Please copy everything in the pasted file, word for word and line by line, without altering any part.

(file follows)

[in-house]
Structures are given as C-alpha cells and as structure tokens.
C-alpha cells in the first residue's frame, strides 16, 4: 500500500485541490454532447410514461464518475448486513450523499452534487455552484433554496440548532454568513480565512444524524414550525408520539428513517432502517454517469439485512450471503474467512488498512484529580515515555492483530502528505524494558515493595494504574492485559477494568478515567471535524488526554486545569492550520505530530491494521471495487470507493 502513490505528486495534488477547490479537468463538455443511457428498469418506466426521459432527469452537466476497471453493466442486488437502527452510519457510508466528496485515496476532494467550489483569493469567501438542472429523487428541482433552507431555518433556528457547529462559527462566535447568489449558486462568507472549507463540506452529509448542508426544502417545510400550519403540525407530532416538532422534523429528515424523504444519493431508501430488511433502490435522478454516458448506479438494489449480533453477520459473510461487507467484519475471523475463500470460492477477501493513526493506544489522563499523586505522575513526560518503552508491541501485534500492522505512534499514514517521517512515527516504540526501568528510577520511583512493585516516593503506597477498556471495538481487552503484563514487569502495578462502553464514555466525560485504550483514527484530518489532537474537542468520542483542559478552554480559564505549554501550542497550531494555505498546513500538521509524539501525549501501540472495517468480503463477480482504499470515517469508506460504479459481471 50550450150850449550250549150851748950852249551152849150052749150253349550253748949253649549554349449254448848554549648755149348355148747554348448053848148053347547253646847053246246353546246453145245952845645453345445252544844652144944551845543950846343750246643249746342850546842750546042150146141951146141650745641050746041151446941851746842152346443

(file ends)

[in-house]
Structures are given as C-alpha cells and as structure tokens.
C-alpha cells in the first residue's frame, strides 16, 4: 500500500485541490454532447410514461464518475448486513450523499452534487455552484433554496440548532454568513480565512444524524414550525408520539428513517432502517454517469439485512450471503474467512488498512484529580515515555492483530502528505524494558515493595494504574492485559477494568478515567471535524488526554486545569492550520505530530491494521471495487470507493 502513490505528486495534488477547490479537468463538455443511457428498469418506466426521459432527469452537466476497471453493466442486488437502527452510519457510508466528496485515496476532494467550489483569493469567501438542472429523487428541482433552507431555518433556528457547529462559527462566535447568489449558486462568507472549507463540506452529509448542508426544502417545510400550519403540525407530532416538532422534523429528515424523504444519493431508501430488511433502490435522478454516458448506479438494489449480533453477520459473510461487507467484519475471523475463500470460492477477501493513526493506544489522563499523586505522575513526560518503552508491541501485534500492522505512534499514514517521517512515527516504540526501568528510577520511583512493585516516593503506597477498556471495538481487552503484563514487569502495578462502553464514555466525560485504550483514527484530518489532537474537542468520542483542559478552554480559564505549554501550542497550531494555505498546513500538521509524539501525549501501540472495517468480503463477480482504499470515517469508506460504479459481471 50550450150850449550250549150851748950852249551152849150052749150253349550253748949253649549554349449254448848554549648755149348355148747554348448053848148053347547253646847053246246353546246453145245952845645453345445252544844652144944551845543950846343750246643249746342850546842750546042150146141951146141650745641050746041151446941851746842152346443